Leadership is lifting a person’s vision to high sights, the raising of a person’s performance to a higher standard, the building of a personality beyond its normal limitations.
Leading in a church setting isn’t all fun and games. Being a church leader can be more stressful than any corporate job.
You’re swamped from all angles: Financial, mental, and spiritually. Church leaders must have tactics to fight back.
With over 15 years of experience in being a part of church leadership, I’ve come to know a thing or two of what it’s like.
There are good days in church ministry. Then there are those days you don’t want to go back.
You feel defeated. You see the wake of church scandals. You feel the pressure to balance home life and church life. And there’s that struggle to live a Christ-like life outside of the church walls.
The good news is that there are 3 game changing tactics you can use to get back in the game.
Great leaders take a stand and call for others to come along on the journey. They point towards hope and say “There we go! That’s where we need to head.”
These impactful leaders become a beacon of hope for those they lead.
While leading will wear you out and take you down some dark paths, the job of a leader is to point to a brighter tomorrow. One that others have a hard time seeing.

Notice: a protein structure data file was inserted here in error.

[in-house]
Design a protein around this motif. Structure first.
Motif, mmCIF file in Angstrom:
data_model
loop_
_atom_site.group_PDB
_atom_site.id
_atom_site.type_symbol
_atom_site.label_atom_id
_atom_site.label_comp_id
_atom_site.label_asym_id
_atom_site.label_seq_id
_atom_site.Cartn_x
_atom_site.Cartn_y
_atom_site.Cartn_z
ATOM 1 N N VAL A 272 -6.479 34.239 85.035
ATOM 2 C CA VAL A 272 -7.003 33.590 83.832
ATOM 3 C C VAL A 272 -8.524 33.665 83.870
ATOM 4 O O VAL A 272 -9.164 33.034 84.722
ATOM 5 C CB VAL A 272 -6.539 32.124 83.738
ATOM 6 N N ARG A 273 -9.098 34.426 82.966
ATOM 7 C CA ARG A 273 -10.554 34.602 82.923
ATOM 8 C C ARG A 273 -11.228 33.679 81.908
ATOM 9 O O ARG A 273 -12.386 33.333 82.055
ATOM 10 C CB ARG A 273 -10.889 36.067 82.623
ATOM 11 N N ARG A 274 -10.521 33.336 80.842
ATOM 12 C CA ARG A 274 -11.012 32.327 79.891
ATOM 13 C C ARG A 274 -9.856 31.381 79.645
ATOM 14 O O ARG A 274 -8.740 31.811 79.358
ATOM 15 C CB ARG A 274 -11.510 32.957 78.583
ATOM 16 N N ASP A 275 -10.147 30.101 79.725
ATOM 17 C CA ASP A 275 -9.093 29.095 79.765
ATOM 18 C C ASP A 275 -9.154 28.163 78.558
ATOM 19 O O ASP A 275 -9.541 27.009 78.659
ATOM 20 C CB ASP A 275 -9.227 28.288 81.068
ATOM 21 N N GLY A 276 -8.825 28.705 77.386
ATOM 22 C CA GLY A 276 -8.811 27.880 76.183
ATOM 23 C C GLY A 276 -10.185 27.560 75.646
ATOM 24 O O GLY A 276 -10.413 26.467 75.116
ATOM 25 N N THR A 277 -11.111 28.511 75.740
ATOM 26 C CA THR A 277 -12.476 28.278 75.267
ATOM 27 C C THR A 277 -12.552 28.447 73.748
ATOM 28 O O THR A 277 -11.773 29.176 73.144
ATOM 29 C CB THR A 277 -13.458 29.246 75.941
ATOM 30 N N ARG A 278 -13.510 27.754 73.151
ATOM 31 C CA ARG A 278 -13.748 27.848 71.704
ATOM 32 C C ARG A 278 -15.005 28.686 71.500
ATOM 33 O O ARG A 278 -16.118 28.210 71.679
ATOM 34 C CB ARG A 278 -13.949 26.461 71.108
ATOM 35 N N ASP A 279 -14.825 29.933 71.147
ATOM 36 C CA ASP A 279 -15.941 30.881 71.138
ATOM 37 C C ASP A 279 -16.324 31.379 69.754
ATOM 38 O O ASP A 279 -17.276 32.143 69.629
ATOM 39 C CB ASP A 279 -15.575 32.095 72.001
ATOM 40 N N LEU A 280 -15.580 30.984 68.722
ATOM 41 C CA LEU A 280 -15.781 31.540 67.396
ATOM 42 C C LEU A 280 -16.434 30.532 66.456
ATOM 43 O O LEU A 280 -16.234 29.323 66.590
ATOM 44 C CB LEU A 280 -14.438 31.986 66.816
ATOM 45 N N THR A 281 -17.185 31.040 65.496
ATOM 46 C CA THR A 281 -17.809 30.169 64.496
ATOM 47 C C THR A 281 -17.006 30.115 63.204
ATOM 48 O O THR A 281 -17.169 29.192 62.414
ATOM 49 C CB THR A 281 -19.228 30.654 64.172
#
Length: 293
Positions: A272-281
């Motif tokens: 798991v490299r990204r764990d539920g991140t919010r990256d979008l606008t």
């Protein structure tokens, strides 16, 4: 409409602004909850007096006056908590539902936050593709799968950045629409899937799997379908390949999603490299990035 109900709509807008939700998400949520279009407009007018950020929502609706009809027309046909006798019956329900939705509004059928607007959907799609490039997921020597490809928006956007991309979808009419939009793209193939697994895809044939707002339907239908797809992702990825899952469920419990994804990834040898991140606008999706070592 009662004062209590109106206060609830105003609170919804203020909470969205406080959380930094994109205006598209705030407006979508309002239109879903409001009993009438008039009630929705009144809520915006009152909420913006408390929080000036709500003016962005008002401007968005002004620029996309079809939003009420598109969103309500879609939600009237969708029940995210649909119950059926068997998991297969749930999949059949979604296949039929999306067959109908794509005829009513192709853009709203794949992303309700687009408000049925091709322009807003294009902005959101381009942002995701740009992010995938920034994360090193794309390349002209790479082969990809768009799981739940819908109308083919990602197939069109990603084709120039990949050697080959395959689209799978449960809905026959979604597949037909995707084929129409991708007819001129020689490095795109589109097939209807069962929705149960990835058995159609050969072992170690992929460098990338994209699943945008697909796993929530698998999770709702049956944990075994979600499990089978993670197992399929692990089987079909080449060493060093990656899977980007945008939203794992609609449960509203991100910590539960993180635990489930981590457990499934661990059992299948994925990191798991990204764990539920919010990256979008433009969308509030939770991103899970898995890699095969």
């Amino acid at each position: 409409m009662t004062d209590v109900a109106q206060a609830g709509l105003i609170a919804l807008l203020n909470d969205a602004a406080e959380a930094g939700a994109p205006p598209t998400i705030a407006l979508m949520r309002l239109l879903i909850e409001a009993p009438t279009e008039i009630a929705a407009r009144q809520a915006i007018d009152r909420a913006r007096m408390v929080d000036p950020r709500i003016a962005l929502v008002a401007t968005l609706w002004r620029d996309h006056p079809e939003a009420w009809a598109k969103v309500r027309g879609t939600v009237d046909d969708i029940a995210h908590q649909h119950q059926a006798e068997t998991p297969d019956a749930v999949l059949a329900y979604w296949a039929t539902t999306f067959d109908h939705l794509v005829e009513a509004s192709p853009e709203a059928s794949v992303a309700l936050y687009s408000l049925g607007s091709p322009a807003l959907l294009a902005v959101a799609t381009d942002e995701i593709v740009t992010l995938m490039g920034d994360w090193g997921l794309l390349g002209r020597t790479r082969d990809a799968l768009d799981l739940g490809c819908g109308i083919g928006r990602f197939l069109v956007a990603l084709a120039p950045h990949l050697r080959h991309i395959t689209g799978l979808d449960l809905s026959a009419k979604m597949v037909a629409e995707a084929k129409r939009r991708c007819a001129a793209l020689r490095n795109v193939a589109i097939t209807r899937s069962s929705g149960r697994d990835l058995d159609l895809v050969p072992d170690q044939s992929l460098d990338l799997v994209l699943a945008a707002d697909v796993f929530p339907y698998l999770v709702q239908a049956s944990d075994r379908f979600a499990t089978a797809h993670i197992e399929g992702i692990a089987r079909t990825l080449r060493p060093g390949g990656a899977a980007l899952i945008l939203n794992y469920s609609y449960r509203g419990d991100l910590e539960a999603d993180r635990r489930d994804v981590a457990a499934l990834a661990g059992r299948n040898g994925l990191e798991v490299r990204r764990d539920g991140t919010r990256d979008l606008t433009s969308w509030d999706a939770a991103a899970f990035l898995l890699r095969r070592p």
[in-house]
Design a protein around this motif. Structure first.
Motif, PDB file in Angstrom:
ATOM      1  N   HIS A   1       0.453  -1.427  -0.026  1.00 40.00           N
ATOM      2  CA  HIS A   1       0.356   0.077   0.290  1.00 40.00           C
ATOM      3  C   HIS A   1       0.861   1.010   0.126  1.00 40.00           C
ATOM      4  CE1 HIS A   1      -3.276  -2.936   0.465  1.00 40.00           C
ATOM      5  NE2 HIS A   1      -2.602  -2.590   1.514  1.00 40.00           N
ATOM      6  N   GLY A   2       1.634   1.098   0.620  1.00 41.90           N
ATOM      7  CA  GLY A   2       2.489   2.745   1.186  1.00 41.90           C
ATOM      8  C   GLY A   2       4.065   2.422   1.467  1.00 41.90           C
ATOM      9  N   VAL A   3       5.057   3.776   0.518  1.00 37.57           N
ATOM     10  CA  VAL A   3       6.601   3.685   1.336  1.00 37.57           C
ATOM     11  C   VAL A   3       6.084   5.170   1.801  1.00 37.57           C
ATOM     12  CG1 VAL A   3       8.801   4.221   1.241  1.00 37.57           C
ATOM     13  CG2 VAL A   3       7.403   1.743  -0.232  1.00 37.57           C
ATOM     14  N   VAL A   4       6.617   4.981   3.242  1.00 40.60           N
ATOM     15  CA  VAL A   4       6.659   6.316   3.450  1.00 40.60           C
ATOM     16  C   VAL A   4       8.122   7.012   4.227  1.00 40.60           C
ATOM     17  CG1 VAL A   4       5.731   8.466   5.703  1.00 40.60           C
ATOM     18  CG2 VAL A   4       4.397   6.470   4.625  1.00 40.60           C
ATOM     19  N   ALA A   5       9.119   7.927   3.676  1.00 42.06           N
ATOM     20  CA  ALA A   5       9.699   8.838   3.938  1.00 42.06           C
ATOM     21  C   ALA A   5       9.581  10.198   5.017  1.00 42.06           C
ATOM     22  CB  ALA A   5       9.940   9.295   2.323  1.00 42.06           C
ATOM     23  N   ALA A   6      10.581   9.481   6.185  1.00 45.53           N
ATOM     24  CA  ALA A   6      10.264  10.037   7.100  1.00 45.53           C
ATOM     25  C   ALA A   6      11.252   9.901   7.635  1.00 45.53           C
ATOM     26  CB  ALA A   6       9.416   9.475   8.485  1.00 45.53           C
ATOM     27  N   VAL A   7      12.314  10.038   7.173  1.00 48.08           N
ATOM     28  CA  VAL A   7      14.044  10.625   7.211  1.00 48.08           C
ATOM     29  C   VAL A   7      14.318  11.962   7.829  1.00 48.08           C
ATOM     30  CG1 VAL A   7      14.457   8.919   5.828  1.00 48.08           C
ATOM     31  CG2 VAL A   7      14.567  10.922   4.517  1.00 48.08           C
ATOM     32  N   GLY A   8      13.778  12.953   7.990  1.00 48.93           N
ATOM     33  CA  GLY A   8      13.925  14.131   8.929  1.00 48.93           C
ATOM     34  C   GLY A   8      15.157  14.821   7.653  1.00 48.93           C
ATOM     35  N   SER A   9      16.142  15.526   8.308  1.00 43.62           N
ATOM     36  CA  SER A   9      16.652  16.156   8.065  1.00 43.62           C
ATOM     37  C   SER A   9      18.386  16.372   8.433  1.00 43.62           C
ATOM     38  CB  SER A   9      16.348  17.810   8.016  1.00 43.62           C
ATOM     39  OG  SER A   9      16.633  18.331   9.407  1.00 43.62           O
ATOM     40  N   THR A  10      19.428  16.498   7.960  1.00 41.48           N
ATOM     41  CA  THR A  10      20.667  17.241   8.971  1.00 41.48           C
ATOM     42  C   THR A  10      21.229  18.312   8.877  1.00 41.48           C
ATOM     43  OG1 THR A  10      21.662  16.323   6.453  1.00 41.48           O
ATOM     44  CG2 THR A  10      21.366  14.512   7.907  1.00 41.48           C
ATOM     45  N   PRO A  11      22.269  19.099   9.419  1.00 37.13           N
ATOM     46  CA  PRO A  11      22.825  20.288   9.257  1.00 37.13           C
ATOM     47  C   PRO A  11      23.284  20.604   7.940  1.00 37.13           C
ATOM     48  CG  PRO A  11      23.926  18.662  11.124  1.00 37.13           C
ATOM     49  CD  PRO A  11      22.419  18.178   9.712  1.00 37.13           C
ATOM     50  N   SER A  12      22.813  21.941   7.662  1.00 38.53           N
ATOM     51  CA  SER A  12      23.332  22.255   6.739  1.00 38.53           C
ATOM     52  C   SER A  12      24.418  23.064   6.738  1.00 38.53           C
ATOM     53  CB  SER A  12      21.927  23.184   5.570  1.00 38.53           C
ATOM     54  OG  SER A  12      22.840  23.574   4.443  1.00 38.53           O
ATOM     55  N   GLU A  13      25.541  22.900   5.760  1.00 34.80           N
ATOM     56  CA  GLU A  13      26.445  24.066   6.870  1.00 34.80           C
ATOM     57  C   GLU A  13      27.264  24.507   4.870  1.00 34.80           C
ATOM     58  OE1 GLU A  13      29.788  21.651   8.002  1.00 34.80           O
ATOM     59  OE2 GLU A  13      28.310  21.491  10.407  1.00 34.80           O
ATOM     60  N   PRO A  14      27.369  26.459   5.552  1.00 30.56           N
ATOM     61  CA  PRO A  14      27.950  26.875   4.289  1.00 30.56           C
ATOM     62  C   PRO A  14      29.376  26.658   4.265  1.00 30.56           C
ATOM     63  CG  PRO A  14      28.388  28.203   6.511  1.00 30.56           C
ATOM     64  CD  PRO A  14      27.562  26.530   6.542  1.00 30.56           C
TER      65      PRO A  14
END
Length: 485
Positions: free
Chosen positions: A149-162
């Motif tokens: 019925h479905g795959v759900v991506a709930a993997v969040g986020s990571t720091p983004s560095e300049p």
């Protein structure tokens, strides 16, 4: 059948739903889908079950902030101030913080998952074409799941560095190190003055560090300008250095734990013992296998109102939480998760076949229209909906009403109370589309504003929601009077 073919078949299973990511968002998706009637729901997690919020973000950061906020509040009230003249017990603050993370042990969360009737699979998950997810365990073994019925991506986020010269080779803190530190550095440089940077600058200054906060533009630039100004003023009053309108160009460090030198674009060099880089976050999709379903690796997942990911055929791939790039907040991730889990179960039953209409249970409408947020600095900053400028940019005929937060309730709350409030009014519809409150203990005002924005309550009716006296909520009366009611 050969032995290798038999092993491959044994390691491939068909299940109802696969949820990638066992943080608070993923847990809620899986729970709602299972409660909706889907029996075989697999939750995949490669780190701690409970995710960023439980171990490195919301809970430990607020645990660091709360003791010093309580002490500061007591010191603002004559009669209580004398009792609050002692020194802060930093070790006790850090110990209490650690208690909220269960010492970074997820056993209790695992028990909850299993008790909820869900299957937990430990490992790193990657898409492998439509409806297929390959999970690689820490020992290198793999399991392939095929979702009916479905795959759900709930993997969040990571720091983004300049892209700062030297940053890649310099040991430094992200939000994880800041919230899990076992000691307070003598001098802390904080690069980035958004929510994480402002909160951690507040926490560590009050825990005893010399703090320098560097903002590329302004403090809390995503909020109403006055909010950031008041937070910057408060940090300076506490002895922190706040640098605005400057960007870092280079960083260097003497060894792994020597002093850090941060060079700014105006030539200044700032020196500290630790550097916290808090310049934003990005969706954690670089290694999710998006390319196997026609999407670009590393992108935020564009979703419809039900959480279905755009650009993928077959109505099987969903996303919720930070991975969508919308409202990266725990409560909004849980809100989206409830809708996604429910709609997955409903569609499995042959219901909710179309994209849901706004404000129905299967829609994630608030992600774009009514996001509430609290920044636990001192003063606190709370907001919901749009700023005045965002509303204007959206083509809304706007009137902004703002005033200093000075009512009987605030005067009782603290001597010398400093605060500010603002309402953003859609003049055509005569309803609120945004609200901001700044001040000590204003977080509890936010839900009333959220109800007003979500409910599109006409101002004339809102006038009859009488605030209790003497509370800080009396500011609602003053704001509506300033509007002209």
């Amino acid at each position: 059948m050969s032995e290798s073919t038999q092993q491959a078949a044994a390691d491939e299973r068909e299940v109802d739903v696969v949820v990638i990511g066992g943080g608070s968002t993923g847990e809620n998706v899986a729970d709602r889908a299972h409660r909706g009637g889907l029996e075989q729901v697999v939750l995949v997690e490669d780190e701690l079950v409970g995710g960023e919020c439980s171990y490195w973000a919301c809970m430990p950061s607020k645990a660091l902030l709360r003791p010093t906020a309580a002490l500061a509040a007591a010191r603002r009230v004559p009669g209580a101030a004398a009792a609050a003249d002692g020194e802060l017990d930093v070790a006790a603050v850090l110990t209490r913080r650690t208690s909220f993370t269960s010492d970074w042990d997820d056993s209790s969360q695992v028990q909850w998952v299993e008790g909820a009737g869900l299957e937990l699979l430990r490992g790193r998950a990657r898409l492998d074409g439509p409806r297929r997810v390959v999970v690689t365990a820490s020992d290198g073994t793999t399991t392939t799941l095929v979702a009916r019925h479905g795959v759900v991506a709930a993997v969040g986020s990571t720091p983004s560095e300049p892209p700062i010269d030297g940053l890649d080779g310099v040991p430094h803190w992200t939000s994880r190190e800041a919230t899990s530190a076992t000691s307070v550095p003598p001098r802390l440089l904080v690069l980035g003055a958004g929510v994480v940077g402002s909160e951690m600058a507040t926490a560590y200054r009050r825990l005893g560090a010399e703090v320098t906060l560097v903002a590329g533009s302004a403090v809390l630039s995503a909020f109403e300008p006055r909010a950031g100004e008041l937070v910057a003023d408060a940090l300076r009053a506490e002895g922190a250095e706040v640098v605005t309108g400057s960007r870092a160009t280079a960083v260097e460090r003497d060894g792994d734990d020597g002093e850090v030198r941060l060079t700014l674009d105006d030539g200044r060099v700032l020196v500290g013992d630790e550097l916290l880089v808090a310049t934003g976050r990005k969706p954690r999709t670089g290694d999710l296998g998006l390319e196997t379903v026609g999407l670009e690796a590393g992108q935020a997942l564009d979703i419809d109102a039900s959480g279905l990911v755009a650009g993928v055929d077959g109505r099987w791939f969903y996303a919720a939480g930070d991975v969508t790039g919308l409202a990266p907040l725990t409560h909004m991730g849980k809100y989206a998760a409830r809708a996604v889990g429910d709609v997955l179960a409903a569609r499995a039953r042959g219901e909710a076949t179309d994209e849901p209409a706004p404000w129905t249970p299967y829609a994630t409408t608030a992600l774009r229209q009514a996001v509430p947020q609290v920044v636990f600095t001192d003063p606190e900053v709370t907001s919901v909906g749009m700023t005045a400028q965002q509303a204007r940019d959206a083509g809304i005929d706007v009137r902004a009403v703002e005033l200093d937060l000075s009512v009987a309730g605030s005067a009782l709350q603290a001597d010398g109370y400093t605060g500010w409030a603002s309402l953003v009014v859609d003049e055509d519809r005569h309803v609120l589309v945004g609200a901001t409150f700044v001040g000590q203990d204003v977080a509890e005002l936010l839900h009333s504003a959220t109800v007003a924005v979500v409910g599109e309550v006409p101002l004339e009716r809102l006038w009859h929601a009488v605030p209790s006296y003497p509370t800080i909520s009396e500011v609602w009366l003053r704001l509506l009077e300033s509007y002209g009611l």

That’s why they’re not leading. They can’t see the better days ahead.
You can. Even in your darkest hours. You know there’s something good ahead. And you want to lead others on a purposeful journey.
Hope Is What People Need
Getting things done and advancing is critical to being seen as a good leader. Leaders are people who move others to the next stage of life.
Do you have a vision for your organisation? Are you going after it?
One thousand, eight hundred and thirty-seven. That’s the number of “friends” Facebook tells me that I have.
On one hand, it brings joy to my heart. There are 1,837 people that are connected to me on Facebook.
The other hand feels sadness. A longing for intimate relationships that I don’t get from Facebook.
Do you have these conflicting thoughts too? One of glee and happiness. One that makes you feel so joyous because you’re connected to SOOOOOOOOOOOOOOO many people.
And then reality smacks you upside your head and tells you that you really don’t have as many friends as Facebook tells you you do?
Facebook Has Messed Up The Truth Of Friendship
Something odd has happened over the last 12 years since Facebook was created. Our view of friendship has gone from those we’re close to and morphed into a catch-all term for everyone and anyone we’re acquaintances we’re with.